Number of safe distancing ambassadors deployed to be reduced as Covid-19 restrictions ease: MSE

This decrease will allow SDAs to return to other sectors as the economy continues to recover. ST PHOTO: LIM YAOHUI

SINGAPORE - The number of safe distancing ambassadors (SDAs) deployed on patrols will be gradually stepped down as Singapore further eases its Covid-19 restrictions from Tuesday (April 26).

The Ministry of Sustainability and the Environment (MSE) said on Sunday (April 24) that this decrease will allow SDAs to return to other sectors as the economy continues to recover, amid a tightening labour market.

Around 2,000 SDAs are currently employed by various government agencies, the ministry added. Employment assistance will be provided to those who require it.

Last Friday, the Ministry of Health announced a large-scale easing of Covid-19 measures, including the removal of group size limits and safe distancing requirements Currently, the rule states that individuals need to keep to a group of 10 people for mask-off activities. The use of SafeEntry and TraceTogether will also cease at most venues.

Responding to queries from The Straits Times, MSE said: "As we make further progress in easing measures and living with Covid-19, personal and social responsibility by individuals and premises owners will become more important to keeping everyone safe."

However, as safe management measures (SMMs) still apply in certain settings, there will be a need for enforcement officers (EOs) to conduct checks and investigations of such violations, the ministry added. EOs have the authority to conduct enforcement against SMM violations.

"Examples include vaccination-differentiated SMMs in settings with higher risks of transmission, such as events with more than 500 participants at any one time, nightlife establishments with dancing, and food and beverage establishments," MSE said.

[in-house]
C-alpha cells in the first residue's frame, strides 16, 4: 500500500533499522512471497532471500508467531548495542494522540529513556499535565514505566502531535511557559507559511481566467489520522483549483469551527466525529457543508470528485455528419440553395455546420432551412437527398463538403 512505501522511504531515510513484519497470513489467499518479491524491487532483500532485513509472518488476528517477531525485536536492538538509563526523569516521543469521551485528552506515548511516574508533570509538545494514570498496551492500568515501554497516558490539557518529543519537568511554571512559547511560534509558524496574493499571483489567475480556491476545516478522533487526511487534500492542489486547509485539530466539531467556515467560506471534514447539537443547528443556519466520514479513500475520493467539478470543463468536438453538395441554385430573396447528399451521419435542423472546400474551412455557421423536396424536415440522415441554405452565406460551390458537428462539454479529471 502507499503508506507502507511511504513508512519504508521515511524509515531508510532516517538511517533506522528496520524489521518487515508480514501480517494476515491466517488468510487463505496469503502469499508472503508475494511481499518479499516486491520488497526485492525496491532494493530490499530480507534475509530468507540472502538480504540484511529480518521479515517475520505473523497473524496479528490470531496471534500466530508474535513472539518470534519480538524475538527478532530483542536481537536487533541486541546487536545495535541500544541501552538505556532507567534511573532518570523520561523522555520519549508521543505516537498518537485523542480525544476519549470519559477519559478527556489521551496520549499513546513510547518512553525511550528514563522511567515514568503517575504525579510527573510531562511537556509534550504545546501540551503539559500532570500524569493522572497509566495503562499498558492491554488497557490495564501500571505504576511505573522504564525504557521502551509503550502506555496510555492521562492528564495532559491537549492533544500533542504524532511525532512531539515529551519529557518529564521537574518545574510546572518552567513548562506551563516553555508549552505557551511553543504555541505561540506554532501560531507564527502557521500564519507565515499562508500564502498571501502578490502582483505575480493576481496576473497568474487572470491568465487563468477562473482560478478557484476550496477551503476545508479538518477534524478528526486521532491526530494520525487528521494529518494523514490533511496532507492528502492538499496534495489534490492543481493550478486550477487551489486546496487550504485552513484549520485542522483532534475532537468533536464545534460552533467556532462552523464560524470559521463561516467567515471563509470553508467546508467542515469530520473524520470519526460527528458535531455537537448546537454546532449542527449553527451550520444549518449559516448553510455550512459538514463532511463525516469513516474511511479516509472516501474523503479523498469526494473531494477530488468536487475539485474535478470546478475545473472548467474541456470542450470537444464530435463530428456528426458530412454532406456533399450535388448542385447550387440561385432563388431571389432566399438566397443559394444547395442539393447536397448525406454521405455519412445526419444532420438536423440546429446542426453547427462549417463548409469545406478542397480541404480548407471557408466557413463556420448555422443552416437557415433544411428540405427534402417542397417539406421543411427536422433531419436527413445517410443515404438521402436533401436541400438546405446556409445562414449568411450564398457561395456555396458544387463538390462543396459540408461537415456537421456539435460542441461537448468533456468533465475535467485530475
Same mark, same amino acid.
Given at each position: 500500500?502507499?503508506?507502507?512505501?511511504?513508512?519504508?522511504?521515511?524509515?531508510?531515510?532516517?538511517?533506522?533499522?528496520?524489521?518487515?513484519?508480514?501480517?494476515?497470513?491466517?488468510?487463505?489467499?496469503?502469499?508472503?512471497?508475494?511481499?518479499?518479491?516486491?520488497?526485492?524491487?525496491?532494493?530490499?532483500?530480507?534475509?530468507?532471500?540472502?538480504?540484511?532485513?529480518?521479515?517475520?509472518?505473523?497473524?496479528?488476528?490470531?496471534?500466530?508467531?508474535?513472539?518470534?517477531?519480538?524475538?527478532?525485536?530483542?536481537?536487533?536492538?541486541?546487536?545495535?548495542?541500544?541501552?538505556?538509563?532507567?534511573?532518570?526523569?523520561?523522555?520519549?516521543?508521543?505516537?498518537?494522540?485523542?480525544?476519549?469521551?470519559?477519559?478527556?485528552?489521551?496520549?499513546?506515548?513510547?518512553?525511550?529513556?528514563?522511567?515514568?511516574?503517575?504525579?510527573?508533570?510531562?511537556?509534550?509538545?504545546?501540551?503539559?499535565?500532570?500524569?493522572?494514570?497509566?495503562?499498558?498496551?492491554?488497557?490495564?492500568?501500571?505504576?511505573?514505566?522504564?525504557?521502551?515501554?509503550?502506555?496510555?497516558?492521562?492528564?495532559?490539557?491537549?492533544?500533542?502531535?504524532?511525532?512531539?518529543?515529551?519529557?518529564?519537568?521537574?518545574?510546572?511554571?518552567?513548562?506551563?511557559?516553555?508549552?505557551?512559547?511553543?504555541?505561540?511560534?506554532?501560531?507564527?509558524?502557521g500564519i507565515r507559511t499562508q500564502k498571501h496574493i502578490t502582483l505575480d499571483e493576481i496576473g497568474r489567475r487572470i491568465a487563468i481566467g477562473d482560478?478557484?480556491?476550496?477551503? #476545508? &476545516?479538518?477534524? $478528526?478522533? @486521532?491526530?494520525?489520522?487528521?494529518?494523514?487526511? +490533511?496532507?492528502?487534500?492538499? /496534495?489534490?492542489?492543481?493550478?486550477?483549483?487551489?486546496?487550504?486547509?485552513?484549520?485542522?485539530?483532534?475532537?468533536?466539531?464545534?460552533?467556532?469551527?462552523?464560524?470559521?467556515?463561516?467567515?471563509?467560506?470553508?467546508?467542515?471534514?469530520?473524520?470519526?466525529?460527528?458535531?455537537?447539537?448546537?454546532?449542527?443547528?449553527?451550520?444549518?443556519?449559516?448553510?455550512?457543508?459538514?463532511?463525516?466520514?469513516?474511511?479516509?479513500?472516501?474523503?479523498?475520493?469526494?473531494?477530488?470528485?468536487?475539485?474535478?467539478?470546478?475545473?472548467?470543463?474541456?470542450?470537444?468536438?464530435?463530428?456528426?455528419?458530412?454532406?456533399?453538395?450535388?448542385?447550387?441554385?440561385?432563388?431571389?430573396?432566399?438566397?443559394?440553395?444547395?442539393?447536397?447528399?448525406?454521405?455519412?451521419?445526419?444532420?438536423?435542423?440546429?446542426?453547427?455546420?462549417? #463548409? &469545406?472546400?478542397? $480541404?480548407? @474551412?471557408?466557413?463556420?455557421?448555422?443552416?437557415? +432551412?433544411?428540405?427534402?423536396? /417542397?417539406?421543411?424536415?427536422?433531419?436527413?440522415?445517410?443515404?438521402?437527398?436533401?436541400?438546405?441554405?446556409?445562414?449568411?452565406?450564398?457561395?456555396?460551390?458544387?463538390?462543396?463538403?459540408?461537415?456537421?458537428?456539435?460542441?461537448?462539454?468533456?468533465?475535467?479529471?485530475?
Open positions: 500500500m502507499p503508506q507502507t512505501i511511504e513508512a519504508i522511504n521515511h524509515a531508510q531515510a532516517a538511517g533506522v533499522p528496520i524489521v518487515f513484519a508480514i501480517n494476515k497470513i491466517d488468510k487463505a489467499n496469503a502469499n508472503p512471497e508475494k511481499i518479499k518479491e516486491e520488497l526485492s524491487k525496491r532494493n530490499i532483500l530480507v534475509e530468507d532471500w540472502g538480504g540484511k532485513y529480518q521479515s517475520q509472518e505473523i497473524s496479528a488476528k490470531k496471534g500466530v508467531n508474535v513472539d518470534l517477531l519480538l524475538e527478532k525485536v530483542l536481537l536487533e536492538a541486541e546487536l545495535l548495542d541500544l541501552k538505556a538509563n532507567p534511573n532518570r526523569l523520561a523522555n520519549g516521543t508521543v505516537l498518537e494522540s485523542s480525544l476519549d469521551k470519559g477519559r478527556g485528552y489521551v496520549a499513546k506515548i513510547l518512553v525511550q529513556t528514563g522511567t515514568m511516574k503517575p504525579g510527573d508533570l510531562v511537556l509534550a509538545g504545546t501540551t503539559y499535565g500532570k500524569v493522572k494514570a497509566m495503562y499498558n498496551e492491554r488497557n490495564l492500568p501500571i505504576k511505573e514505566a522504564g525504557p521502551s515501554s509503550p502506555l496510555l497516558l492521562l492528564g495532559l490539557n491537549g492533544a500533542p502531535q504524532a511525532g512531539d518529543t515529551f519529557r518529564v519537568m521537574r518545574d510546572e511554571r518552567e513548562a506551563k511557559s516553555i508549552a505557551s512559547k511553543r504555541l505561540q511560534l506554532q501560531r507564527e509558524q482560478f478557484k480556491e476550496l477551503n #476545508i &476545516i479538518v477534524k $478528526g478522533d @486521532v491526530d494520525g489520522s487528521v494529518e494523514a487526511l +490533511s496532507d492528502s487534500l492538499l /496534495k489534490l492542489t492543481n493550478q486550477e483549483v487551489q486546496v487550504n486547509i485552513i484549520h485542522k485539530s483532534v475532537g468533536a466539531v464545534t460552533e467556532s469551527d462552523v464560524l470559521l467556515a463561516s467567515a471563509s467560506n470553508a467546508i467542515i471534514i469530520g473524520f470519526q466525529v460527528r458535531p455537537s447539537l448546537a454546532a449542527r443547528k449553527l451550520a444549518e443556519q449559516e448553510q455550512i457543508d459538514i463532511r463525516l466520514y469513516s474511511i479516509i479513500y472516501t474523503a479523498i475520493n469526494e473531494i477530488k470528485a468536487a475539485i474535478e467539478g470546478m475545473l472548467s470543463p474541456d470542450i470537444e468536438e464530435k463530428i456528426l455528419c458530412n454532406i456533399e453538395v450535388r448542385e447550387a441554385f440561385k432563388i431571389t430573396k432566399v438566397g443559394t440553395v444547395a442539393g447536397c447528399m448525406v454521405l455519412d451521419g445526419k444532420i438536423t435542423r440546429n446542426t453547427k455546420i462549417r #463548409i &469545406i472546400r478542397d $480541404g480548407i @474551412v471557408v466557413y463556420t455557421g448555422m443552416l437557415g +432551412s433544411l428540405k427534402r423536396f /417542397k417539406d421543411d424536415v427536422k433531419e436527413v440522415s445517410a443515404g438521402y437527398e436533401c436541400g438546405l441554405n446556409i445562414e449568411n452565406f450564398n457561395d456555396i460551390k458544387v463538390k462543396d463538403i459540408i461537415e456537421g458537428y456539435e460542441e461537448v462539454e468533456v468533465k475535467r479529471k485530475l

Firm enforcement action will continue to be taken against individuals and operators of premises who do not comply with prevailing SMMs, said the ministry. "This could include fines or prosecution in court for egregious cases."

MSE encouraged members of the public to do their part to keep one another safe and secure as Singapore adjusts to the new normal.

"We would also like to thank all our SDAs and EOs for their tireless efforts and contributions towards keeping Singapore safe during the Covid-19 pandemic," it added.

Mr Anthony Arriola, 61, an SDA who worked as a tour guide before the pandemic struck, said he has been waiting for two years to return to the tourism industry.

“I am confident that things will go back to pre-pandemic levels and chances are good that I can return to my previous job,” he said.

Ms Natalie Chai Hui Chuen, another SDA who used to guide tour groups, said she feels uncertain about going back to her former role.

“We do not know if tourists will come back after the pandemic, or if they are okay with large tour formations and buses, like in the past,” she said.

Ms Chai, who is in her 50s, added: “We are unsure about what people like and whether their expectations have changed. Will my previous experiences as a tour guide still be relevant?”

The Ministry of Manpower (MOM) said on Tuesday that all job seekers, including those in short-term Covid-19 roles like SDAs, can approach Workforce Singapore (WSG) or National Trades Union Congress’ e2i for assistance.

A spokesman for MOM said: “Mature job seekers, the long-term unemployed, and persons with disabilities can also approach our SGUnited Jobs and Skills placement partners – Adecco Personnel, Charterhouse, and Good Job Creations (Singapore).”

Some SDAs are employed by the public sector or by government-funded institutions, which will provide them with information on how they can sign up for career coaching and employability workshops.

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